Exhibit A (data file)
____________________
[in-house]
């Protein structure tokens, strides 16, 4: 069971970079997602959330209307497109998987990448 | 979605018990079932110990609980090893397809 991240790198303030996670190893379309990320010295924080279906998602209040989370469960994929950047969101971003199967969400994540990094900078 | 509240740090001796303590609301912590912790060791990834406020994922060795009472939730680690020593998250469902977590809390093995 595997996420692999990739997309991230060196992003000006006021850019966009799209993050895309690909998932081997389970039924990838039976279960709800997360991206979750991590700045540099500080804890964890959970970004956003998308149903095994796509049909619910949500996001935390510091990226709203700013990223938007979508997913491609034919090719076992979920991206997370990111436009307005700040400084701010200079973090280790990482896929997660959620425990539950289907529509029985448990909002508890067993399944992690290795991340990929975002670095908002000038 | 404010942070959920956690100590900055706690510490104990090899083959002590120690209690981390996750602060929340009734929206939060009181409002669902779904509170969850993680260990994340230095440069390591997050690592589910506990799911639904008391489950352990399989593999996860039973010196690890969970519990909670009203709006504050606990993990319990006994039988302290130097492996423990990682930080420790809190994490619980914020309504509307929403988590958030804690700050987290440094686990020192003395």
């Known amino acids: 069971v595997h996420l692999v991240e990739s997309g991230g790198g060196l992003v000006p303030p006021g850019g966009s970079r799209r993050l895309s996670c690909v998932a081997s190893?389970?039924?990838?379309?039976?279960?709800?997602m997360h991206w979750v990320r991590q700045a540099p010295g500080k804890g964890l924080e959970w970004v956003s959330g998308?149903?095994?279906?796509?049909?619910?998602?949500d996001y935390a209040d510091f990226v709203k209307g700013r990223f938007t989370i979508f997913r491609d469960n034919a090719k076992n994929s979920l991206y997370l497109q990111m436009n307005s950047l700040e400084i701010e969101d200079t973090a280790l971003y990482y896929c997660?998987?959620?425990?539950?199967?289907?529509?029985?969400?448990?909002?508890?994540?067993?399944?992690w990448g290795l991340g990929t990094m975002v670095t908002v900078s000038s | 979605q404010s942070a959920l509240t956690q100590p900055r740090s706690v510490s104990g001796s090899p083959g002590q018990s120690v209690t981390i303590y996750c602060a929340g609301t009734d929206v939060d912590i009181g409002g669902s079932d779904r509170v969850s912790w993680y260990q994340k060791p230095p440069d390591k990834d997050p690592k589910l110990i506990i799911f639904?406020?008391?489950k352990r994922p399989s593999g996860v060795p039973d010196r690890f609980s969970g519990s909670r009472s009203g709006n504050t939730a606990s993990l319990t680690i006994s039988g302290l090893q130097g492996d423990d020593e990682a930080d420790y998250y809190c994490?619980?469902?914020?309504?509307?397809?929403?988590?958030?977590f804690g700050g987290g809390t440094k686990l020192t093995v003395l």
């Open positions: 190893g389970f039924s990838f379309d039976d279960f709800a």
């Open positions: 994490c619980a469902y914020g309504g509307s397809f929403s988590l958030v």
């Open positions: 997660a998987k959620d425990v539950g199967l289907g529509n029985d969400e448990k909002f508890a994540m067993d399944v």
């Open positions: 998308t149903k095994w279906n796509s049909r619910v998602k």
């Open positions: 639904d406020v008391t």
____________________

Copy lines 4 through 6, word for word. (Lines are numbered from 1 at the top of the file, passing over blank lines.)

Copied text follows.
């Open positions: 190893g389970f039924s990838f379309d039976d279960f709800a």
């Open positions: 994490c619980a469902y914020g309504g509307s397809f929403s988590l958030v």
């Open positions: 997660a998987k959620d425990v539950g199967l289907g529509n029985d969400e448990k909002f508890a994540m067993d399944v």